With niche films and empty seats, going to the movies in Anchorage feels different

Two moviegoers look at the the new safety measure signs at Century 16 on Sept. 29, 2020 (Lex Treinen/Alaska Public Media)

Anchorage’s largest movie theaters have been open for a few weeks and customers venturing back are finding a much different experience than before the pandemic.

Ramped up sanitation measures, far smaller crowds and an eclectic selection of titles are some of the ways going to the movies feels different now. 

Dennis Flynn was strategic about finding a movie that would keep the crowds away at Century-16 in Midtown Anchorage last week. He chose “Leap,” a Chinese film about a volleyball team. 

“It means I’ll probably have the theater to myself. I don’t imagine too many people will see a movie in Mandarin Chinese,” he said. 

His plan worked. Other than two people who stopped by for 10 minutes in the middle of the show, he had the theater to himself. 

The usual selection of big budget movies aren’t being released right now, so what’s playing is a grab-bag of niche and vintage titles. Movies on show at theaters around Anchorage range from “Empire Strikes Back,” to “On the Basis of Sex,” a 2018 biography of the late Supreme Court Justice Ruth Bader Ginsburg. And there is “Akira,” a 1988 Japanese film, which Wikipedia describes as “animated post-apocalyptic cyberpunk.” 

But there are also other options for using theater space: private screenings. Starting at $100, spaces can be rented to screen one of a list of older movies. Nathan Austin arrived at Century 16 as part of a group of 20 — mostly kids, some of whom are dressed up as wizards —  who had reserved a screening of a Harry Potter movie. 

“Now the theaters are open. I don’t see why people aren’t coming back,” he said. 

Austin himself isn’t worried about COVID-19. He said he’s been going to church regularly and would take the mask off if he could. 

a sign that says "Wipe on Wipe off" in the corridor leading to the movie theater. A family walks at the end.
Moviegoers enter the Century 16 theater in Anchorage on Sept. 28, 2020 (Lex Treinen/Alaska Public Media)

“I just do this to appease the public,” he said.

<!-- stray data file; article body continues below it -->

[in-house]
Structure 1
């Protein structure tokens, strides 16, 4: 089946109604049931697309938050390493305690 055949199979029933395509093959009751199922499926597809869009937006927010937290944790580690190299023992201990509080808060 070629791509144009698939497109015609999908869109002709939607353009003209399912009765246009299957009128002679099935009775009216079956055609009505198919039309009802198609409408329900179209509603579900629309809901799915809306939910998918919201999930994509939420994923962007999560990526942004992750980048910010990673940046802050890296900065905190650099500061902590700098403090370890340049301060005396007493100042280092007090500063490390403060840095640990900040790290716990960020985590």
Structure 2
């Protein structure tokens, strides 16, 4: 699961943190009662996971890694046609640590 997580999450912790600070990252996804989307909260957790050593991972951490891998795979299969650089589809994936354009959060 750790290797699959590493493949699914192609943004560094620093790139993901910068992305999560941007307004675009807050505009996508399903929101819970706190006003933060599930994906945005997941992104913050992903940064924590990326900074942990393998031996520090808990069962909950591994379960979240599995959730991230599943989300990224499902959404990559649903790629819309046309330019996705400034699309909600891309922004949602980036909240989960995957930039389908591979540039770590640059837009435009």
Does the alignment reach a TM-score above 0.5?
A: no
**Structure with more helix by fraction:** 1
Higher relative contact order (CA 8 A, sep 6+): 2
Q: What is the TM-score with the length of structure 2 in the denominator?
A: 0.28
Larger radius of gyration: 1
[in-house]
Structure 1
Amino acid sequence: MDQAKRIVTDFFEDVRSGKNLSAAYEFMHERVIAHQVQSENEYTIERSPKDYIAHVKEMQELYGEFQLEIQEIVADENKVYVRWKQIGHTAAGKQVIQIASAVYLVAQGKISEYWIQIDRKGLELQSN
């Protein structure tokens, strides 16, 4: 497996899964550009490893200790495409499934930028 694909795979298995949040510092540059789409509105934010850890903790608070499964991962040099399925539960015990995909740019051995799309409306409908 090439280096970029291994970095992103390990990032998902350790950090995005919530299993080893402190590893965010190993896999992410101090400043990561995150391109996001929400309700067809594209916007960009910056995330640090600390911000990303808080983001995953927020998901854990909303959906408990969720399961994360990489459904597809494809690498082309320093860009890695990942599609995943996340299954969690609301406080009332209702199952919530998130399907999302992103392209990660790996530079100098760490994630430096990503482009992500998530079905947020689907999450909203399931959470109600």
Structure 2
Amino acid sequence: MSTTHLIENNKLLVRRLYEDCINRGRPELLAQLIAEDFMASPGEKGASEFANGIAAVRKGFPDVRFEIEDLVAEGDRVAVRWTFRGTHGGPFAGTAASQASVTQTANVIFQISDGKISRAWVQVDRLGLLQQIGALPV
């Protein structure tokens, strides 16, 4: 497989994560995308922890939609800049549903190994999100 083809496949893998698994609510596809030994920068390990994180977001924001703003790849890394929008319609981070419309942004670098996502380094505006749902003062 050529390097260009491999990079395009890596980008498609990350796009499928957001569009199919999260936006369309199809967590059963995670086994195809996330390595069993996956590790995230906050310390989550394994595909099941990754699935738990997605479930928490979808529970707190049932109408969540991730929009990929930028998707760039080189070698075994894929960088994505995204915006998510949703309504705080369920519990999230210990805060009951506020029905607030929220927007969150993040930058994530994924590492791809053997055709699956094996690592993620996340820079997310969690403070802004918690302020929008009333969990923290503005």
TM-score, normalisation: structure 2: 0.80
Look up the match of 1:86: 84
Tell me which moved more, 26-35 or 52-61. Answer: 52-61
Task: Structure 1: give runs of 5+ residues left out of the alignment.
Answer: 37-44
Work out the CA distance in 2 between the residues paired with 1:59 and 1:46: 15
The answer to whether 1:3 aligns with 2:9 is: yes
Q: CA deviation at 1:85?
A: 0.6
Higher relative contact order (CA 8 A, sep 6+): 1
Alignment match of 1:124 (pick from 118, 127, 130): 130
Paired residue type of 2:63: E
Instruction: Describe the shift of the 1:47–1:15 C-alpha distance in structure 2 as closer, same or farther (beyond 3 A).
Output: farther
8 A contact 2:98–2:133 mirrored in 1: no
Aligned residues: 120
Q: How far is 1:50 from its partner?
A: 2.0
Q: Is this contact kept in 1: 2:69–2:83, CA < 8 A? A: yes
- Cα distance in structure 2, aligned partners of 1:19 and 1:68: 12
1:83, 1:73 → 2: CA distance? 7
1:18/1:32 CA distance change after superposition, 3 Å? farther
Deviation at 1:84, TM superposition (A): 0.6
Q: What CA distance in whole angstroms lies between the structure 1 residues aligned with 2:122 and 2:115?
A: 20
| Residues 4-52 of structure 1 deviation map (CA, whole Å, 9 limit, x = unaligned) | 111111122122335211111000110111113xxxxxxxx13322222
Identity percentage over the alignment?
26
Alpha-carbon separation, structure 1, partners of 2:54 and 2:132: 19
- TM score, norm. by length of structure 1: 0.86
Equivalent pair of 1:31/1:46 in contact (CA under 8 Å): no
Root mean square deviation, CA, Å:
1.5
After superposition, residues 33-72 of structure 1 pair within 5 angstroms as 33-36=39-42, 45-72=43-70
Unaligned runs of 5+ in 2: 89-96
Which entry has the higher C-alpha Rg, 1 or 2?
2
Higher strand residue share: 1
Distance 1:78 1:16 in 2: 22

Theaters themselves are doing everything they can to show moviegoers that it’s safe. Cinemark, the corporate owner of Century 16, disinfects all surfaces every 30 minutes, staggers showtimes to avoid rushes at the bathrooms or concessions, and leaves empty seats at the theaters between parties, along with a slew of other precautions.

Evidence suggests that going theaters does carry some risk – though not as much as many other public areas. On one hand you’re stuck in an enclosed area with other people for at least a few hours. On the other, masks are required and there’s not a whole lot of singing or talking, things scientists say make places like bars and music venues risky. 

People craving the experience of being in a theater must be willing to take some risks, but moviegoer Roxanne Bulglarin said she has limits. 

“If it’s going to be more than 20 [people] I probably wouldn’t go just to be safe because I even though I feel like everybody should be doing we’re doing the same thing. You really don’t know if everybody’s doing the same thing,” she said. 

It’s her second time back and she’s felt safe so far with just about 10 people in the theater. 

Eta-Starr Edwardsen signed in at the front door and headed straight to the concessions stand. She was there for one thing: popcorn, drizzled in liquid butter. 

It was for her 10-year-old son’s birthday. She’s not quite ready to get back to the movies, but might get there soon.  

“Staying at home is getting on our nerves,” she said.